Neolithic Sites
Roman Sites
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Rosslyn Chapel
Rosslyn Castle
Dalhousie Castle
Seton Church
Seton House
Saltcoats Castle


May 27

We don't check in to the Witchery until tomorrow but we thought it would be worthwhile to actually be IN Edinburgh tomorrow so we aren't trying to drive in, find things, and end up miles away, like we usually do. Mark is pretty good at getting us to our destination, but I'm easily distracted. So we'll get a room in Edinburgh tonight, just in case.

Best-selling fiction = more grants for repair

But first, we joined the hordes at Rosslyn Chapel - famous from the Da Vinci Code book and movie, and well worth a look in its own right. The place is absolutely amazing - the sculptural details inside are almost too much. The whole place is under a giant 'umbrella roof' to try to dry out the ceiling of the chapel, which has years and years of water damage that had soaked into the stone and were beginning to cause problems in the chapel itself.

Inside, the chapel is unbelievably complex an I have to wonder why it survived the Reformation thugs who destroyed the iconic images in so many other churches. Columns and pillars are entirely covered with carvings (including the 'prentice pillar' which is the most ornate of them all (and apparently ended in the death of the apprentice when his master discovered that he had finished the column without permission an it was better than anything the master had produced) and the dozens upon dozens of 'green men' and mythical and fantastical images on every single surface are fascinating.

No pictures inside, unfortunately. You can buy any one of the guide books for that. From the walk around the rooftop, you can see Rosslyn Castle in the distance, but as we discovered this morning, the road to go see it is closed and detours around the rest of the town. Apparently it's possible to walk down from the chapel, but no one could give us decent directions and so we didn't hike off into the forest.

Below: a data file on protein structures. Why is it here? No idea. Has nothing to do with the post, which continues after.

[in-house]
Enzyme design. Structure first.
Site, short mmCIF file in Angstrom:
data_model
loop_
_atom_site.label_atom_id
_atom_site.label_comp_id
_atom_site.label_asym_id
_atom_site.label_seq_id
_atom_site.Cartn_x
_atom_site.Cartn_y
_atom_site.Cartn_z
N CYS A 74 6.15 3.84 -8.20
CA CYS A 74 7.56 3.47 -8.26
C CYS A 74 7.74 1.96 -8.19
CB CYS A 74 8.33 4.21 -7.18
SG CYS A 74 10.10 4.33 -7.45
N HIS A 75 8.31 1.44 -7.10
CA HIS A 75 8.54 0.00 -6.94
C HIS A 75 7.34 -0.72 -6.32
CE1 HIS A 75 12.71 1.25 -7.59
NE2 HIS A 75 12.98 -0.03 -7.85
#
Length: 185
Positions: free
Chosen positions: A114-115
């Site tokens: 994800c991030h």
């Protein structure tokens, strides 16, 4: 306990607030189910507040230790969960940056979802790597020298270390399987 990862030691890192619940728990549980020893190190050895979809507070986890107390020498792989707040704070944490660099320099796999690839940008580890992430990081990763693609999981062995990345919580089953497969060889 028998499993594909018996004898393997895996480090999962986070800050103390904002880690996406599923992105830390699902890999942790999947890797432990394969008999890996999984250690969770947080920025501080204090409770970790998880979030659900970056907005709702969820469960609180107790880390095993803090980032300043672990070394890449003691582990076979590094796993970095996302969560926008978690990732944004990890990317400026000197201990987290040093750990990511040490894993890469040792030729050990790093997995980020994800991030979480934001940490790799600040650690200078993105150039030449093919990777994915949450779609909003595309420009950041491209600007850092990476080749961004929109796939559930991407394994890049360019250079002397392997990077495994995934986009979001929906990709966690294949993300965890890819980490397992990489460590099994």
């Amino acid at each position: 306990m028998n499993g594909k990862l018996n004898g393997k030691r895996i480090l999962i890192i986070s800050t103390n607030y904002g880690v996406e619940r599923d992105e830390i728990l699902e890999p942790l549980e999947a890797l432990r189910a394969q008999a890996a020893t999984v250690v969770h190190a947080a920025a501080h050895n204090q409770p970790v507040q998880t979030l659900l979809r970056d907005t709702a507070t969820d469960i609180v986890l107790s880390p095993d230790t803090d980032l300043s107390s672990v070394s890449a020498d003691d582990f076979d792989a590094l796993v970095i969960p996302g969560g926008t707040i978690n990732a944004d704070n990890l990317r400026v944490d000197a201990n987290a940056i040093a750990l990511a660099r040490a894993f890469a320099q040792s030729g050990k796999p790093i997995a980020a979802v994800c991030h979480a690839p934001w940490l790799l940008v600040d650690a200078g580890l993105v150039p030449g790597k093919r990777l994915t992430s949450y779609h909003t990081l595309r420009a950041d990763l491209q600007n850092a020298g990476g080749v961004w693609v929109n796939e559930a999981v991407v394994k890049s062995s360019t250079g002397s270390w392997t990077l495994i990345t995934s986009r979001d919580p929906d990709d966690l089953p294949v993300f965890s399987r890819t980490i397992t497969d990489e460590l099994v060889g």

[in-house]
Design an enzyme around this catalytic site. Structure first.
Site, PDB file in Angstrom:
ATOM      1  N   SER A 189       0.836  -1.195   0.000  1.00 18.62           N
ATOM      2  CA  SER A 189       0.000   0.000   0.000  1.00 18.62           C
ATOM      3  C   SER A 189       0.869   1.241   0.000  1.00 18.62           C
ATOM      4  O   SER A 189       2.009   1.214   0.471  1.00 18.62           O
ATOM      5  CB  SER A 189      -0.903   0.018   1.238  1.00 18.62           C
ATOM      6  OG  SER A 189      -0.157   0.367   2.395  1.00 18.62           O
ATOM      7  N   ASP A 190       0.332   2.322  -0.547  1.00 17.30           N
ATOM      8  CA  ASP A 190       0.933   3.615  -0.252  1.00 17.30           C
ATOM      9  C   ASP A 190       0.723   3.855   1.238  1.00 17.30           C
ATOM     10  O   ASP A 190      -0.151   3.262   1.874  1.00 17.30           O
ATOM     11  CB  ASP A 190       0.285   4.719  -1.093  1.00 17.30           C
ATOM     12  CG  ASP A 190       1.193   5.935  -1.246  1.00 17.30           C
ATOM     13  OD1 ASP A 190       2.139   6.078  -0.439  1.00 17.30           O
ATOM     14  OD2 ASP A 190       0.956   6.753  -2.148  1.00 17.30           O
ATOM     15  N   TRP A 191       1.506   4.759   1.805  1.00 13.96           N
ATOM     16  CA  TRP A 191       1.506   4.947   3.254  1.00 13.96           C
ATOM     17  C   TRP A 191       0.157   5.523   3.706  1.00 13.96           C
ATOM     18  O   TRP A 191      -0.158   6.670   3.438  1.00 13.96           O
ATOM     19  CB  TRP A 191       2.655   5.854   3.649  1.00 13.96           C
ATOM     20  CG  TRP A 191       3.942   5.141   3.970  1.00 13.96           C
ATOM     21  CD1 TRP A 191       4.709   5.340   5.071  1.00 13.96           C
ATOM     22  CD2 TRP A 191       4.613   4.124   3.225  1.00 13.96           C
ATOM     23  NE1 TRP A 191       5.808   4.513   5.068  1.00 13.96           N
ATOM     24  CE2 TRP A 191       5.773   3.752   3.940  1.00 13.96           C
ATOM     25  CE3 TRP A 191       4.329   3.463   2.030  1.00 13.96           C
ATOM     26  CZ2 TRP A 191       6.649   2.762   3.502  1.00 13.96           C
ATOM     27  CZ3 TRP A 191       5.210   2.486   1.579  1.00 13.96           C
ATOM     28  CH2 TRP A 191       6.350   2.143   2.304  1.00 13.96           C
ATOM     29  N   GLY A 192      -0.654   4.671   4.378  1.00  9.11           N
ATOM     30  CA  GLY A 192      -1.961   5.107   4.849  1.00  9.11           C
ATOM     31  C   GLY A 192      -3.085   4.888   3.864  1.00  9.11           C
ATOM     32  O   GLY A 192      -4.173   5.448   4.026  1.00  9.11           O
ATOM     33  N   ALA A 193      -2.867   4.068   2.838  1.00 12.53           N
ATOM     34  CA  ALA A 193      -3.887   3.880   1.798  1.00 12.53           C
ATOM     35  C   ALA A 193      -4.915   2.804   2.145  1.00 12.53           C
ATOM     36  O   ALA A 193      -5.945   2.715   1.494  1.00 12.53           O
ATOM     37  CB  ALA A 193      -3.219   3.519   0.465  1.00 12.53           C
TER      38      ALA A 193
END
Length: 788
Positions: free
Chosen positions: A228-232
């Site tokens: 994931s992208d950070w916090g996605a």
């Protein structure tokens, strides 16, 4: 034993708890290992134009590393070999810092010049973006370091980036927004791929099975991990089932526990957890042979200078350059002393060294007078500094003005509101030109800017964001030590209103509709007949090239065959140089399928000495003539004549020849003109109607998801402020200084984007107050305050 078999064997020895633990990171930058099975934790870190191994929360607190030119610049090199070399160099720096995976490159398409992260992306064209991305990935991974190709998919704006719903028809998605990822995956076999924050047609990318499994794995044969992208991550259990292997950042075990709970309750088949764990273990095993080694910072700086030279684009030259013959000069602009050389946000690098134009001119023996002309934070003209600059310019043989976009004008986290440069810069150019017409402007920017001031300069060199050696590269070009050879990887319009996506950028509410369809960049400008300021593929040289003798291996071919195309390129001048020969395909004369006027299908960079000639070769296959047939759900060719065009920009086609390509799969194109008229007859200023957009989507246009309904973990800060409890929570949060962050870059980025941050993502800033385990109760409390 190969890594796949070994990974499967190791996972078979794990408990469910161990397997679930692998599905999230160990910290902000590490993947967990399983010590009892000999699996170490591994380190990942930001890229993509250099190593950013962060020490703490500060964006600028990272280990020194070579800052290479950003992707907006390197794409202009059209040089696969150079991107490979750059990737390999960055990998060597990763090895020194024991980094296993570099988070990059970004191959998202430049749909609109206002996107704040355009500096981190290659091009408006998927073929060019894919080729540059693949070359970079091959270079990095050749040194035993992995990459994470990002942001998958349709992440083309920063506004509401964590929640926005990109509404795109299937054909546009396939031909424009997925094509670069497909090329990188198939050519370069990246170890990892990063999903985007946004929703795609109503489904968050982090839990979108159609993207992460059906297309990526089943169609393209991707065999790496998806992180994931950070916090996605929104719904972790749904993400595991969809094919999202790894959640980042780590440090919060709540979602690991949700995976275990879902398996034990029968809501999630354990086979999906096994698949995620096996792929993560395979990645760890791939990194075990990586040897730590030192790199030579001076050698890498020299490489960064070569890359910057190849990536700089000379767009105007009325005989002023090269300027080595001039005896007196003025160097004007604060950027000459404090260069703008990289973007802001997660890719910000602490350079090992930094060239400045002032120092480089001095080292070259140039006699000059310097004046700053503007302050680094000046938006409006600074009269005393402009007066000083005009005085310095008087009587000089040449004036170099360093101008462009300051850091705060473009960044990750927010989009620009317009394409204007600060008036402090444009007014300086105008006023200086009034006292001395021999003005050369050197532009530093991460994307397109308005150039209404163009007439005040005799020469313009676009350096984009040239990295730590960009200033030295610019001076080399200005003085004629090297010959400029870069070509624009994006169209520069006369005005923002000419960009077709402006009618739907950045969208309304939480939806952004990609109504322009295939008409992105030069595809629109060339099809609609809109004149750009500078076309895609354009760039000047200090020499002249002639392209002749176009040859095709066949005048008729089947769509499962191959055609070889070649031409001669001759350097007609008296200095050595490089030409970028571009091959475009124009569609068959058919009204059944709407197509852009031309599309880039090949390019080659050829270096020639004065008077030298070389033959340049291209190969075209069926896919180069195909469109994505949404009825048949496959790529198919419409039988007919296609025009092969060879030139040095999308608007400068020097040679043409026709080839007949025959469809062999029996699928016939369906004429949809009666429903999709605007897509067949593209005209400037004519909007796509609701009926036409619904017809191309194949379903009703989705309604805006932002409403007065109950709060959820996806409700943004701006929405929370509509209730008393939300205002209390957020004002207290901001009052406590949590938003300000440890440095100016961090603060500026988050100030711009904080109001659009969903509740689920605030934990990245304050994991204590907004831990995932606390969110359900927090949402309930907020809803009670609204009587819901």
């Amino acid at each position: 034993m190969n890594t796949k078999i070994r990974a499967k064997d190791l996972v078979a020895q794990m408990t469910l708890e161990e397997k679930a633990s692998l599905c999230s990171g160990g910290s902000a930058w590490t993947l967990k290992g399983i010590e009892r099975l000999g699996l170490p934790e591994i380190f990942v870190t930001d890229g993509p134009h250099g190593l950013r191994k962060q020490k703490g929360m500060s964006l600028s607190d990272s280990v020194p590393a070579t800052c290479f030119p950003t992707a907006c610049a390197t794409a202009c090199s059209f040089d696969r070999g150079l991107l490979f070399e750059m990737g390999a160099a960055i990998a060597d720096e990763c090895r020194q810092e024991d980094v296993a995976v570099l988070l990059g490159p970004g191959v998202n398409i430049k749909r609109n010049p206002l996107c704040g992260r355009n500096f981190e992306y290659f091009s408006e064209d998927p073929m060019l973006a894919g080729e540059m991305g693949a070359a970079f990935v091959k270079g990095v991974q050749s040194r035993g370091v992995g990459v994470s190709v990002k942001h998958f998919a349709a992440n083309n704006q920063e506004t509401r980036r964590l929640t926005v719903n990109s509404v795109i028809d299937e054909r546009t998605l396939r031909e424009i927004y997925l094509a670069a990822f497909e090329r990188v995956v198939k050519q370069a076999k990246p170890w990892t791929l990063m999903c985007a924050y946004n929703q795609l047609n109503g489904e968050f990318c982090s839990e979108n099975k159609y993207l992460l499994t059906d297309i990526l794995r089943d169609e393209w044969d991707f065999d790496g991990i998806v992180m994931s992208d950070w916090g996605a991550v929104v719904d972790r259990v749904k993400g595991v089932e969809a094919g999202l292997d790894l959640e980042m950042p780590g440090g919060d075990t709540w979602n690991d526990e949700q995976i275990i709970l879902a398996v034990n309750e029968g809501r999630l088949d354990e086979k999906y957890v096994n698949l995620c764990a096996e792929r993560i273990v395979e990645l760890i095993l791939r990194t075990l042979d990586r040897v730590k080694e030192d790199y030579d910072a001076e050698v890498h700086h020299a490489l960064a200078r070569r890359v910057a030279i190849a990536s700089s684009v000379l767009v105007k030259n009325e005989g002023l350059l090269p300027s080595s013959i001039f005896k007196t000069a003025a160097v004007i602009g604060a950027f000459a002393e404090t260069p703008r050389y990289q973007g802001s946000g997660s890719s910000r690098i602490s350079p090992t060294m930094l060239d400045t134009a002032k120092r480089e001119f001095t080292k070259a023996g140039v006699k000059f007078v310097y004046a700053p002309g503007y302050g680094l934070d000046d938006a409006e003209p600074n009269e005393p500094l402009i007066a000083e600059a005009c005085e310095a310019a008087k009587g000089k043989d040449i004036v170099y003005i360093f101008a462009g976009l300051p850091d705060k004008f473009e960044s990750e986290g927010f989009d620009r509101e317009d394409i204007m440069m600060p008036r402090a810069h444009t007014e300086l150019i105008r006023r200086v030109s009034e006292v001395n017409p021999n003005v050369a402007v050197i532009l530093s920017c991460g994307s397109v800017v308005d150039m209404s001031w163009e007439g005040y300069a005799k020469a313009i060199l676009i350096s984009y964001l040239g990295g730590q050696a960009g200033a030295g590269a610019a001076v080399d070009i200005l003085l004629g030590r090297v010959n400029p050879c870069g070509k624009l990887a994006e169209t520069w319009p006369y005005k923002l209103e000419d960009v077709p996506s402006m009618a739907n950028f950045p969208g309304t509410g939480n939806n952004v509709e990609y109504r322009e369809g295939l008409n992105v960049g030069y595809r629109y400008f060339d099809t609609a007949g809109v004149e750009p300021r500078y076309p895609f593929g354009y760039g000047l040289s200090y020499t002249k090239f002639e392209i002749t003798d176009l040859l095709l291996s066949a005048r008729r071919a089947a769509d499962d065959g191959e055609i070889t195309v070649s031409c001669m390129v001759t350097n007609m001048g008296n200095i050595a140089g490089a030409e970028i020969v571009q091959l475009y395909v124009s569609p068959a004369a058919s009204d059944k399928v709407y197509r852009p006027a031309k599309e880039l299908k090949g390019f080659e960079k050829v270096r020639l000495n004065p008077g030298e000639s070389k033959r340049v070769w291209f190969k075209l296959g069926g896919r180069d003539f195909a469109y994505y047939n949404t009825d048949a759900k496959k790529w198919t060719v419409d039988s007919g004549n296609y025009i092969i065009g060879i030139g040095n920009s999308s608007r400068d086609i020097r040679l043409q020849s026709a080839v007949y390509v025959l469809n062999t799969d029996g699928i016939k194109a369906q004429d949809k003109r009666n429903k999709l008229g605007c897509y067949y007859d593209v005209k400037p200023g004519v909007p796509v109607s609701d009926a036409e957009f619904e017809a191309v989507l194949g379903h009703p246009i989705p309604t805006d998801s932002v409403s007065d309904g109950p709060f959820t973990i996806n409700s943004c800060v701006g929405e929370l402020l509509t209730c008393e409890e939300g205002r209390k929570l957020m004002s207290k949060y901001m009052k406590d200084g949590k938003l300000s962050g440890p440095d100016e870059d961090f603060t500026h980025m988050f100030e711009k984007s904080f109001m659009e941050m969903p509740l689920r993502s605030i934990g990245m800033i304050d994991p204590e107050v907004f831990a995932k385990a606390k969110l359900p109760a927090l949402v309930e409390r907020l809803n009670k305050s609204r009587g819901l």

We're kind of aimless today, wanting to have a short, relaxing day before attacking Edinburgh for the rest of the trip. Before, we avoided Edinburgh except for a quick trip into the city to see the castle -- we left it until the end of the trip and didn't leave enough time to actually explore the city at all, which was a shame. This time, we actually plan to stay in Edinburgh (at the world-famous Witchery) for a few days so we can relax and ease out of our vacation. So today? Not so much on the list to see. Which led to a bit of snarking in the car today -- I had a terrible time planning "on the fly" and we ended up staring at each other, going "what next? What do you want to see?" without any real enthusiasm.

Definitely time to stop, settle in, and relax.

Hunting for the elusive "it must be there! There's a dot!"

We did stop at Dalhousie Castle just for a few pictures. It's a high-end luxury hotel now, very exclusive (and while they did have a room available for the evening, if we had wanted to stay and take advantage of their spa, it was almost 400 pounds for the night. Definitely out of our price range. Not all the rooms are that expensive, of course - it was the only one that was left.) It's an interesting castle, obviously rebuilt and added to as a baronial mansion. We did not go inside, but did wander around the grounds a bit until we were shooed off from their falconry demonstration, which was only for guests. Oh, well.

Heading east out of Edinburgh, we picked the Historic Scotland site nearby - Seton Collegiate Church, and enjoyed a quiet walk through the woods to the well-preserved church. The chapel is mostly untouched, because the same political weight that protected the work at Rosslyn chapel was in effect here -- the same masons worked on the church, and their patron offered the same protection. As a result, the church is mostly intact. The weird stumpy tower is not a repair, by the way, it was finished that way (well, finished early) and most of the details are original. The foundations of a priests house or dormitory for brothers is also on the grounds, but not much is left.

Just through the gate is Seton House -- based on seton castle -- which is a hive of activity today, obviously tons of restoration work going on. IT's clearly marked private and has no real entrance, so we didn't go take a look except through the gate. It doesn't look that interesting anyway. At least that's what I'm telling myself.